Facebook | Sierra Strangfeld

Mom Donates Breast Milk To Babies In Need After Her Son Dies Within Hours Of His Birth

Marilisa Racco 27 Nov 2019

For many moms, breastfeeding their baby is a tender and rewarding experience. Unfortunately, not everyone is able to do it.

When Sierra Strangfeld, a salon owner from Neillsville, Wisconsin, gave birth to her first child, she wasn't able to breastfeed her due to the baby's tongue tie. So, when she learned she was pregnant with her second, she was really looking forward to breastfeeding. But a diagnosis of Edwards' Syndrome at 20 weeks meant her son wouldn't survive and she wouldn't have a chance to breastfeed him.

Edward's Syndrome is a genetic disorder.

Unsplash | Ignacio Campo

Also known as Trisomy 18, the condition is associated with abnormalities in many parts of the body. The babies affected by it have slow growth in the uterus, and birth defects include a small, abnormally shaped head, and a small mouth and jaw. Because they are susceptible to many life-threatening conditions, many babies with Edward's Syndrome die before birth or within their first month.

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Sierra wanted to hold her baby.

Facebook | Sierra Strangfeld

She insisted on delivering her son, who she called Samuel, via C-section so that she'd have a chance to meet and hold him. He lived for three hours before sadly passing away.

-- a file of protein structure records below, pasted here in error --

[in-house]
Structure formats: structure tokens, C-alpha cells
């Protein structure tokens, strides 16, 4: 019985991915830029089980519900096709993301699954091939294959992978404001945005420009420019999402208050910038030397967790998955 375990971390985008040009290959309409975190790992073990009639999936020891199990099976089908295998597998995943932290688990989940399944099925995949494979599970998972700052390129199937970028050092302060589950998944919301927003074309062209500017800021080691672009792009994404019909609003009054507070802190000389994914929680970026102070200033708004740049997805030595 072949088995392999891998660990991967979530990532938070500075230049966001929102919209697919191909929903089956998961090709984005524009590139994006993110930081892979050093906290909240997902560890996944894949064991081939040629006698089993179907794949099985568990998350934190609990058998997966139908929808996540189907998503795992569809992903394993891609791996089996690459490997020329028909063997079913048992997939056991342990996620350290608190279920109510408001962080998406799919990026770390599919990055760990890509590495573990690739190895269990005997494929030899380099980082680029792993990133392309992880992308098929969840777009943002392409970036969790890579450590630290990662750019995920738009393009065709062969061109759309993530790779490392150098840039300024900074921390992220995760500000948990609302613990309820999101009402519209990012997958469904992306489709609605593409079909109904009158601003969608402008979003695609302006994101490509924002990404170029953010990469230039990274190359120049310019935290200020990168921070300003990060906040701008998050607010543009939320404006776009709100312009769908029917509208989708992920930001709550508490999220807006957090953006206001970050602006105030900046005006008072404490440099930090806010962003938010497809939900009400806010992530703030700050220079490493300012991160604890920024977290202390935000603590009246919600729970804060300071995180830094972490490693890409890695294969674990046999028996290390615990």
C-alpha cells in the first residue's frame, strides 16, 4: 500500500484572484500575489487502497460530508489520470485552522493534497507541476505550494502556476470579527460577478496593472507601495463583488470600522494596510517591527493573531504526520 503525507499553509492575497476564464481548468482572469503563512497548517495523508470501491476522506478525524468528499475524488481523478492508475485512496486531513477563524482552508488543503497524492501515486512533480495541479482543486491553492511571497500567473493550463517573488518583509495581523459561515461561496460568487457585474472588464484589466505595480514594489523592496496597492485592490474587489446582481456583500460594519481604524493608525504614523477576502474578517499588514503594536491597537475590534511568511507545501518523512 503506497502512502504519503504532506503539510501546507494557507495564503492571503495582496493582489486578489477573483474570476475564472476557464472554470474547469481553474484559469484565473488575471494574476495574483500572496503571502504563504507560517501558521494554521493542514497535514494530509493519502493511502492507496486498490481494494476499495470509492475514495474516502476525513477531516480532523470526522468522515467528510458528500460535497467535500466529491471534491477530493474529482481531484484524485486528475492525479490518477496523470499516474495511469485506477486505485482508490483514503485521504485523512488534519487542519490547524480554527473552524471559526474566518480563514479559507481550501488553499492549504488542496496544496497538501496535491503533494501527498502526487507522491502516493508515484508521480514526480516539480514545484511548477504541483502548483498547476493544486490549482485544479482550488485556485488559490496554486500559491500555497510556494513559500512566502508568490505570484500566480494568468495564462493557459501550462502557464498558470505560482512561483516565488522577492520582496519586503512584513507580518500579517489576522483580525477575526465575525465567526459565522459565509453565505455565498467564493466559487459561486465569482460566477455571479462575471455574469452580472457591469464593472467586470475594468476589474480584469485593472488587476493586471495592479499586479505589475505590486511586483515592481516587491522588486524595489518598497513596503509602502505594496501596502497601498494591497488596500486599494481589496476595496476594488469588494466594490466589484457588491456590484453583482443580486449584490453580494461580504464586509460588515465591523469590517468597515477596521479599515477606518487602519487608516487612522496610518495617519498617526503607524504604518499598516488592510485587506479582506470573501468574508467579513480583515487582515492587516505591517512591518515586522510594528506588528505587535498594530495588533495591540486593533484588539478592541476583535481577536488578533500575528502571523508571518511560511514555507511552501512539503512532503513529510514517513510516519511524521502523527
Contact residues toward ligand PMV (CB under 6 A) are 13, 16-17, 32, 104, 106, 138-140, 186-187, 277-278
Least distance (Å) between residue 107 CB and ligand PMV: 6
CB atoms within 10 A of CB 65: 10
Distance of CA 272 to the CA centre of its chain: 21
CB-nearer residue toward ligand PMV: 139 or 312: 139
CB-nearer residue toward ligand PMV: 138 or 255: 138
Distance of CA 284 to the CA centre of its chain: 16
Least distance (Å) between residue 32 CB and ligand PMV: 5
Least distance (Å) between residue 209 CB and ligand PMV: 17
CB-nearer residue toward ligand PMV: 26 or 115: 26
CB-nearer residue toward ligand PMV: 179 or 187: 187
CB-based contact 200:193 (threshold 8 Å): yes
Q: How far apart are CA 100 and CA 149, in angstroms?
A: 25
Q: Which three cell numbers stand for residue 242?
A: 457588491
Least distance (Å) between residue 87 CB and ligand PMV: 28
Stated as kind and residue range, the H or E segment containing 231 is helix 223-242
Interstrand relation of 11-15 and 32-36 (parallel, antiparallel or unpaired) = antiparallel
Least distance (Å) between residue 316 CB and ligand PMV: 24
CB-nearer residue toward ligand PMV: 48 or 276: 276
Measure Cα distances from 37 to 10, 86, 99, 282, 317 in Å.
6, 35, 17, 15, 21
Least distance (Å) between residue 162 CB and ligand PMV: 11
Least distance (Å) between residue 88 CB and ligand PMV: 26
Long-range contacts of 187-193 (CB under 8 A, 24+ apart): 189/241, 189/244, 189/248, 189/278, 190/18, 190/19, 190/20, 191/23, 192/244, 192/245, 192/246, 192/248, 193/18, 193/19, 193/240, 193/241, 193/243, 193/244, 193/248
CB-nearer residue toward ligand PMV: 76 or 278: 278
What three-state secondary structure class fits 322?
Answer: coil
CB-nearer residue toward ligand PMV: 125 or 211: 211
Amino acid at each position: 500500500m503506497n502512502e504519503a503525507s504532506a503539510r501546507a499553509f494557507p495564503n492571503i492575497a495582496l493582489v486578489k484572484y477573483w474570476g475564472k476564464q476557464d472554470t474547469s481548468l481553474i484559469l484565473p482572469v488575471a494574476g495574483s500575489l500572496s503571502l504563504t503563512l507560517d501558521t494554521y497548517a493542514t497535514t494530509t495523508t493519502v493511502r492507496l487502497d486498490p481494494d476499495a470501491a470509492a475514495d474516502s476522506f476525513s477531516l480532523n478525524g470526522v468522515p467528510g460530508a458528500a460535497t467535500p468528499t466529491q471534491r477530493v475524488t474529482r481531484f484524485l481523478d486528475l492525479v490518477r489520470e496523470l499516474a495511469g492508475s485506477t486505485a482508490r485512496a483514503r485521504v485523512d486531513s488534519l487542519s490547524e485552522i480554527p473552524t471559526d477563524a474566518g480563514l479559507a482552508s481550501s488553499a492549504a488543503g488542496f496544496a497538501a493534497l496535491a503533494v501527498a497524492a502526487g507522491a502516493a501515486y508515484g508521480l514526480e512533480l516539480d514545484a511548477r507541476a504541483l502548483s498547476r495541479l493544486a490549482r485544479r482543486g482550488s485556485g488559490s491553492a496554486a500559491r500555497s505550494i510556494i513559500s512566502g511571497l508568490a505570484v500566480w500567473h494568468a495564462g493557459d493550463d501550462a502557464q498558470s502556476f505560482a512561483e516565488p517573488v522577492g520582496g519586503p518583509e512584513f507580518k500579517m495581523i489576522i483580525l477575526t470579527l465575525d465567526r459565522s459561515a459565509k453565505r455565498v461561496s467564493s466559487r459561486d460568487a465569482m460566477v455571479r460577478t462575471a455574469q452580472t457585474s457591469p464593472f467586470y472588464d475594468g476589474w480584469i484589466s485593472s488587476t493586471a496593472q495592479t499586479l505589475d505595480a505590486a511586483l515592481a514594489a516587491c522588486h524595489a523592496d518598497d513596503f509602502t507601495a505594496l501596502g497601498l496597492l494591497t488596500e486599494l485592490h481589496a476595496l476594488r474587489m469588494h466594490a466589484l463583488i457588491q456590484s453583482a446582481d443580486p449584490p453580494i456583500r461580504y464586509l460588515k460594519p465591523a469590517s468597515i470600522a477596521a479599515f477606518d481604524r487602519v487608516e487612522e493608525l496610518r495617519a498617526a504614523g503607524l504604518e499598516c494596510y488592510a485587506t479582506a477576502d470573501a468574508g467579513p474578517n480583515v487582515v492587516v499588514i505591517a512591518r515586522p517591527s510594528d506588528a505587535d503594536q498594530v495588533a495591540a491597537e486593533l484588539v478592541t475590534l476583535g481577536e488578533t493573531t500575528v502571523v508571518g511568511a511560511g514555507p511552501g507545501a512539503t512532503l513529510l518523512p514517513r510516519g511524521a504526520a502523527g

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She decided to do something to honor Samuel's memory.

Facebook | Sierra Strangfeld

Although it was heartbreaking to say good-bye to her baby, Sierra wanted to do something to honor his memory. That's when she decided to donate her breast milk to mothers and babies in need.

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Initially, she planned on pumping until Samuel's original due date in mid-November.

Wikimedia | https://commons.wikimedia.org/wiki/File:N%C3%BBby_baby_bottles,_Oude_Pekela_(2019)_01.jpg

Samuel was meant to be born on November 13, so Sierra wanted to pump until then, which would have resulted in 1,000 ounces of breast milk. But she soon realized that she wasn't producing enough milk, so she reduced her goal to 500 ounces.

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The day she donated her milk was emotional but rewarding.

Facebook | Sierra Strangfeld

"It was the first time I stepped foot back in the hospital since having Samuel," she told People. "But, walking through the halls, I definitely felt Samuel wrap his arms around me. It was a sense of healing."

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She has started a non-profit called Smiling for Samuel.

Facebook | Sierra Strangfeld

In a Facebook post that has been shared over 5,000 times, Sierra included a link to merchandise that can be purchased and whose proceeds will go to her non-profit, Smiling for Samuel.

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